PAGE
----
Electrochemical synthesis of CO2-methanol utilizing direct air capture, CO2 electrolysis and H2O electrolysis

A life cycle assessment

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This thesis examines the production of an alternative liquid hydrocarbon fuel, namely CO2-methanol, produced utilising DAC, CO2 electrolysis, H2O electrolysis and thermo-catalytic synthesis. The reason for such research lies in a persistent growth in global energy demand, a significant share of which comes from liquid fuels, in the present context of global climate change.
We answer the main research question ‘What is the comparative environmental performance of DAC methanol, natural gas methanol and biomethanol?’ by meeting three research objectives. The first objective provides a two-level analysis of the mass and energy flows within the system and opens the black-box process of the DAC. The second objective leads to undertaking a life cycle assessment of CO2-methanol. Last, the third objective evaluates the suitability of LCA for the environmental assessment of realistic industrial processes.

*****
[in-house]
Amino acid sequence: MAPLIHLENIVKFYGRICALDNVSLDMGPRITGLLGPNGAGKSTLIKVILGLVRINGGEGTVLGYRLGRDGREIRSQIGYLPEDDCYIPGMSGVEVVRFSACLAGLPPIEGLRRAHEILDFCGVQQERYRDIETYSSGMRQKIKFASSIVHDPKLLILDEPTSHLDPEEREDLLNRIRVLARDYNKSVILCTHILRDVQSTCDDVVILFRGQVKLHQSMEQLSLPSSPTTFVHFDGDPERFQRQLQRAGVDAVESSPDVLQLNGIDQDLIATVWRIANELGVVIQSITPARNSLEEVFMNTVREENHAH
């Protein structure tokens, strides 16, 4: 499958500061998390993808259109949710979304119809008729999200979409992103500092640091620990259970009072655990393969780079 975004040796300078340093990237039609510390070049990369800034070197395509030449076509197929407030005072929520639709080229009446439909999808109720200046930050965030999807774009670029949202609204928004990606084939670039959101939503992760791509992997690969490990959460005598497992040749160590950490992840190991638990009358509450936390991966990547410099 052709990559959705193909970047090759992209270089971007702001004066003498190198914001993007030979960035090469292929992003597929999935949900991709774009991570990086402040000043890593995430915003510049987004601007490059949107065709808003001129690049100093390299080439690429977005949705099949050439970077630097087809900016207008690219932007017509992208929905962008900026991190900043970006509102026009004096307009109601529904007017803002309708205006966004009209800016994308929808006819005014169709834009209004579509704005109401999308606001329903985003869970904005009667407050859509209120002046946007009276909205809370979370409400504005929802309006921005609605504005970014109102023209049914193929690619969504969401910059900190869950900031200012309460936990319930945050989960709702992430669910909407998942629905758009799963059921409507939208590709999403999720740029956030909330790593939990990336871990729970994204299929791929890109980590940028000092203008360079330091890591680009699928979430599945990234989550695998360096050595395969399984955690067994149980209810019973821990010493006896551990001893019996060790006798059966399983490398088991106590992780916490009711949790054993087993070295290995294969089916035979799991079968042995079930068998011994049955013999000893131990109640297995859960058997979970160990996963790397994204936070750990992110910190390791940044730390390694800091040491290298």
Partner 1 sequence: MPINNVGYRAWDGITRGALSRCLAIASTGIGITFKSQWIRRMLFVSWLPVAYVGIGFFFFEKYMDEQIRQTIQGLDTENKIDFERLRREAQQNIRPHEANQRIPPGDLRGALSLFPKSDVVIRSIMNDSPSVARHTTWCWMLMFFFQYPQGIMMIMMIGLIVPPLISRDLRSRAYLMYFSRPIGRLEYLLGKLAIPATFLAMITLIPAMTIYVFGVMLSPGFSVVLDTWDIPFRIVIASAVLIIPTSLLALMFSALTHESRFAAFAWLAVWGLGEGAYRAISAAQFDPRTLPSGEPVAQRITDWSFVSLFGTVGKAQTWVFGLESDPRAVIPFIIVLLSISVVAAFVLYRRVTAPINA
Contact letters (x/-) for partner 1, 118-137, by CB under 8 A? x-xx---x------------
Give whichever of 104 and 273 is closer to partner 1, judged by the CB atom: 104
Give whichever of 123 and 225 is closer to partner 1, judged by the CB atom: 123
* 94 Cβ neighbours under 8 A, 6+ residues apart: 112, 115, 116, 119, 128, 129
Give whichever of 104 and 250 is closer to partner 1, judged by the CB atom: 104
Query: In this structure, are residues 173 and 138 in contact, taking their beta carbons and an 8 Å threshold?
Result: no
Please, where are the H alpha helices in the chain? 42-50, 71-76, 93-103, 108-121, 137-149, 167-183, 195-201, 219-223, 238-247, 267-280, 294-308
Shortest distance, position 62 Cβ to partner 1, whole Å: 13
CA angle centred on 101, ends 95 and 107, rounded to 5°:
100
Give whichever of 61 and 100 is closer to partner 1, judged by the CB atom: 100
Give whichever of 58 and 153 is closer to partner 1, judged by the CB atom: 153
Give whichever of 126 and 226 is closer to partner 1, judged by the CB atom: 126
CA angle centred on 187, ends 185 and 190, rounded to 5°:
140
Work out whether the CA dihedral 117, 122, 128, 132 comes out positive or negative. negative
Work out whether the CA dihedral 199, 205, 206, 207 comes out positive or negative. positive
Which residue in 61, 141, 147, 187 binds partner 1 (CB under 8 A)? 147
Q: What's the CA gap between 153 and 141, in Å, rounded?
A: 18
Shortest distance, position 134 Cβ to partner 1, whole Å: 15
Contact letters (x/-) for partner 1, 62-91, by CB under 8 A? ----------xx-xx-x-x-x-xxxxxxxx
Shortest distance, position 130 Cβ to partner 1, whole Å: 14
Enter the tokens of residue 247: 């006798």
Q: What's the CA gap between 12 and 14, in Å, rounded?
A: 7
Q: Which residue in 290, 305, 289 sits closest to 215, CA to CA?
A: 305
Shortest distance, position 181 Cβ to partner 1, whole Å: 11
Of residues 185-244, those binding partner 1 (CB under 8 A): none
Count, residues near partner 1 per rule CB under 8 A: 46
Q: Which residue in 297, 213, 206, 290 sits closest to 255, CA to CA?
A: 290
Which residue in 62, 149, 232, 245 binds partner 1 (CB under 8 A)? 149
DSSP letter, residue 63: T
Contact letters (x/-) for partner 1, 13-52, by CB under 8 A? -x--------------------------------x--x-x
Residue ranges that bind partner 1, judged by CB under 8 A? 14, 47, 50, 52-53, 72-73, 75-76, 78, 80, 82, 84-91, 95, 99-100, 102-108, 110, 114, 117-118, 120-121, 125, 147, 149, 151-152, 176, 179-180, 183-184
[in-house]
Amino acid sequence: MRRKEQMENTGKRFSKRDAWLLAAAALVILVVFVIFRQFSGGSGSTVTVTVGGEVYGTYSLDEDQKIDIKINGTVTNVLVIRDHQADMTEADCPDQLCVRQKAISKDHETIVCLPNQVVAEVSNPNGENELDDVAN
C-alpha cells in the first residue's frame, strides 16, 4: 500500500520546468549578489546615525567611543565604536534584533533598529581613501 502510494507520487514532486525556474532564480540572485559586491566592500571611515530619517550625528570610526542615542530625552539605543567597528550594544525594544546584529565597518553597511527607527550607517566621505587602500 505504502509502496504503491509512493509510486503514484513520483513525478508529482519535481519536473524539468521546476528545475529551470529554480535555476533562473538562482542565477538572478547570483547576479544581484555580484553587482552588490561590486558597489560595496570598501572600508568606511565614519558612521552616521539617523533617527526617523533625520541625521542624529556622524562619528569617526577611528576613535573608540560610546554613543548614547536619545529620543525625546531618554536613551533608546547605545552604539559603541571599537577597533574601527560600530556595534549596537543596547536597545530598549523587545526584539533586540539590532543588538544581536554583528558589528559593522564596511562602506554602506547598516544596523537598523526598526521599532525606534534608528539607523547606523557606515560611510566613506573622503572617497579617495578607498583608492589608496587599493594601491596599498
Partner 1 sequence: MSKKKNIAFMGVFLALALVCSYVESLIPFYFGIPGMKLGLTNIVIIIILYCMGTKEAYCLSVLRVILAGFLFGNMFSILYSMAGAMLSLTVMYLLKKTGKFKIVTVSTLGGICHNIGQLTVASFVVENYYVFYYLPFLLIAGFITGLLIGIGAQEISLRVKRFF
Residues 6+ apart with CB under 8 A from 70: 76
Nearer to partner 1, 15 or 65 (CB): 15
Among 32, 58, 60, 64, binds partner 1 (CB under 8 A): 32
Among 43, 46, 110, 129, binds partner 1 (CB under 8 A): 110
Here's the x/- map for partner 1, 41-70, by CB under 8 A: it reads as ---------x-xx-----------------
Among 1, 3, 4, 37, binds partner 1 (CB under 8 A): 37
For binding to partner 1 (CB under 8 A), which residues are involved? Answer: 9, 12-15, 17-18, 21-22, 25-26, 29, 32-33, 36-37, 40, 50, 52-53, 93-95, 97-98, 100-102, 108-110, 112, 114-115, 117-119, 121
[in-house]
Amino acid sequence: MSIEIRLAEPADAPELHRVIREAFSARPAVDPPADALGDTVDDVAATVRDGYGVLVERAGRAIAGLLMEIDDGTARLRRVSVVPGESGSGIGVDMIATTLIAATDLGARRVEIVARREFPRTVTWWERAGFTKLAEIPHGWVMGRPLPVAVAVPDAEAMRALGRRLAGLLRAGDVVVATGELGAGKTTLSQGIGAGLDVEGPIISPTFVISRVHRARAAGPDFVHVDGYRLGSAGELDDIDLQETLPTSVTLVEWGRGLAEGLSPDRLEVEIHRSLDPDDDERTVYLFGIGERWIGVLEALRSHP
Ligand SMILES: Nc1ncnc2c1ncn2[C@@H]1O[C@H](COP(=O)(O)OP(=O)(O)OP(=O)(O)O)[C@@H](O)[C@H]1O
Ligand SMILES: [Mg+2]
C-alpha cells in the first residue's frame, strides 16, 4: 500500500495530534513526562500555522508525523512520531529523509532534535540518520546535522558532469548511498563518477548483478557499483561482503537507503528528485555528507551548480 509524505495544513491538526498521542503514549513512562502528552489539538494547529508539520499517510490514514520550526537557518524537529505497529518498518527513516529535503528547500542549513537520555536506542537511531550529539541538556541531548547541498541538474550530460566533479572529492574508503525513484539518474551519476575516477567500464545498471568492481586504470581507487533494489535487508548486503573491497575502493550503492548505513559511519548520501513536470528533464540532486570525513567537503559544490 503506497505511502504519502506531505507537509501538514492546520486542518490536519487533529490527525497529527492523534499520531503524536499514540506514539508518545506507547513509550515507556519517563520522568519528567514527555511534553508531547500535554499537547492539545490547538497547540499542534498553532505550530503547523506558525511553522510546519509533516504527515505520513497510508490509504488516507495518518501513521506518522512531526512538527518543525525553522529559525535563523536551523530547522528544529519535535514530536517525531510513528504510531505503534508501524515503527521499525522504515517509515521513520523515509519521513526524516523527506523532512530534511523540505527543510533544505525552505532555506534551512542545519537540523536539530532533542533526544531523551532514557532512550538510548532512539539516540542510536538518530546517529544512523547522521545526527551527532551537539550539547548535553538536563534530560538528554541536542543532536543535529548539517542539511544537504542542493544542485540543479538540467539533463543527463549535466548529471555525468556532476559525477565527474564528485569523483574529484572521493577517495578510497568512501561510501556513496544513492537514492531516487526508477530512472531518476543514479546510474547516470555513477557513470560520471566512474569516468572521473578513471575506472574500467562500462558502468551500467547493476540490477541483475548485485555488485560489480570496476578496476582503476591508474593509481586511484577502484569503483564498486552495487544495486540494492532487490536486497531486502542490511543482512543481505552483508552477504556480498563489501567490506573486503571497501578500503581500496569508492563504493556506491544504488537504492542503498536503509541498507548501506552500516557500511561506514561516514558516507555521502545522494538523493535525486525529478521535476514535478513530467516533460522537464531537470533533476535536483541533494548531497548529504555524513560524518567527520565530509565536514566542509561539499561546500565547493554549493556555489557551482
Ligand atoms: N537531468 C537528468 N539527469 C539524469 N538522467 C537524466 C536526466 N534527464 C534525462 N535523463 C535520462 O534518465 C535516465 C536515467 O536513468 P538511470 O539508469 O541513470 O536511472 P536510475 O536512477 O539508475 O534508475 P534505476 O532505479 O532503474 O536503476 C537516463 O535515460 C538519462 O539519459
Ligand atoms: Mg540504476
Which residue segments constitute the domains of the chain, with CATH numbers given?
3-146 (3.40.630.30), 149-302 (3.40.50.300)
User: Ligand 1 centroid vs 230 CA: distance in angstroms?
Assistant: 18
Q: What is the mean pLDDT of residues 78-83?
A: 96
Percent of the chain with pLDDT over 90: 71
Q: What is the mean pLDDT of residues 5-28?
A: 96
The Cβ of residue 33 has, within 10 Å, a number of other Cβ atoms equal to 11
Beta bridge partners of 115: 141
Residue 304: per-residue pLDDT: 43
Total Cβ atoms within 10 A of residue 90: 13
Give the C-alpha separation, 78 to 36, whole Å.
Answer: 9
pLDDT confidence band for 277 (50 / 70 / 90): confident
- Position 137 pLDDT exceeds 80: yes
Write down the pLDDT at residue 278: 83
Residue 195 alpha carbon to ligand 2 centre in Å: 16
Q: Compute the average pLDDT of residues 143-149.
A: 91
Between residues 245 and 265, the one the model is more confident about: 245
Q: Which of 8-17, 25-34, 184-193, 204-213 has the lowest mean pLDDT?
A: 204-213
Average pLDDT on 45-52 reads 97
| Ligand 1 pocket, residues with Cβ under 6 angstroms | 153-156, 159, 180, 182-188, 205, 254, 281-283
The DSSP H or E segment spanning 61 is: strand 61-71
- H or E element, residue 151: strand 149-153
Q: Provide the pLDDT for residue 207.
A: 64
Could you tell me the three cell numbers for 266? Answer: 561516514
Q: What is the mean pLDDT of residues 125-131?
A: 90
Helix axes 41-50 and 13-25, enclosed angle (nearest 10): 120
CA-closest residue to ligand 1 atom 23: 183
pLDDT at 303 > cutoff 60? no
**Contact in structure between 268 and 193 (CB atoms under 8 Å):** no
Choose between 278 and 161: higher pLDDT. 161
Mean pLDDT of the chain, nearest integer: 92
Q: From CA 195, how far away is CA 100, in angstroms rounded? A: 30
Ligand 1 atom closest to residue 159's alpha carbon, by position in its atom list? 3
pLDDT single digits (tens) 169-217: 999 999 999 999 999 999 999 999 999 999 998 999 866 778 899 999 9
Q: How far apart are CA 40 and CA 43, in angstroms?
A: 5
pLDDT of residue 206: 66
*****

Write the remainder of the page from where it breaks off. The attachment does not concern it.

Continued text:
The results of objective one show that mass and energy balances on the DAC process contain inaccuracies and help to identify unknowns in the remaining parts of the CO2-methanol production. The second objective illustrates that the CO2-methanol performs better than fossil methanol and biomethanol in terms of climate change impact and land use. Additionally, CO2-methanol causes a lower extent of environmental impact on human toxicity (non-carcinogenics) and resource depletion (water) in comparison with biomethanol, however, scores worse on these impact categories when compared with fossil methanol. The environmental performance of CO2-methanol inferior compared to both biomethanol and fossil methanol in terms of freshwater ecotoxicity, human toxicity (carcinogenics) and resource depletion (mineral, fossils, and renewables). Finally, the third objective points to imperfect LCA software available, not sufficient to model realistic industrial processes.